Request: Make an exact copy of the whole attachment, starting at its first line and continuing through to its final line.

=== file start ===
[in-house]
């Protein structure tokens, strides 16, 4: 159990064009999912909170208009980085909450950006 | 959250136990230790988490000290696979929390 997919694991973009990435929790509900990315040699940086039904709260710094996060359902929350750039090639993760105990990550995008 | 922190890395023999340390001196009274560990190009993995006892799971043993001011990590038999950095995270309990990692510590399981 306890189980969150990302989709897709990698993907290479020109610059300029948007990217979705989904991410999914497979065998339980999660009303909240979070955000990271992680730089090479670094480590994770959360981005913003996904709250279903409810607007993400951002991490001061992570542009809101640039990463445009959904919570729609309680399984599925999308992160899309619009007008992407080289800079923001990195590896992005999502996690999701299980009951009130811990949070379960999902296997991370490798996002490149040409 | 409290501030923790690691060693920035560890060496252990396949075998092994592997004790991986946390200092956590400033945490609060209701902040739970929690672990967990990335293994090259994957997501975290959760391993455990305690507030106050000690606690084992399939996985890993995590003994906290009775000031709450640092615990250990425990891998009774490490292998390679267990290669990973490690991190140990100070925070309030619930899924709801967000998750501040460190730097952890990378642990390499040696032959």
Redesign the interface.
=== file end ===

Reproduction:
[in-house]
């Protein structure tokens, strides 16, 4: 159990064009999912909170208009980085909450950006 | 959250136990230790988490000290696979929390 997919694991973009990435929790509900990315040699940086039904709260710094996060359902929350750039090639993760105990990550995008 | 922190890395023999340390001196009274560990190009993995006892799971043993001011990590038999950095995270309990990692510590399981 306890189980969150990302989709897709990698993907290479020109610059300029948007990217979705989904991410999914497979065998339980999660009303909240979070955000990271992680730089090479670094480590994770959360981005913003996904709250279903409810607007993400951002991490001061992570542009809101640039990463445009959904919570729609309680399984599925999308992160899309619009007008992407080289800079923001990195590896992005999502996690999701299980009951009130811990949070379960999902296997991370490798996002490149040409 | 409290501030923790690691060693920035560890060496252990396949075998092994592997004790991986946390200092956590400033945490609060209701902040739970929690672990967990990335293994090259994957997501975290959760391993455990305690507030106050000690606690084992399939996985890993995590003994906290009775000031709450640092615990250990425990891998009774490490292998390679267990290669990973490690991190140990100070925070309030619930899924709801967000998750501040460190730097952890990378642990390499040696032959």
Redesign the interface.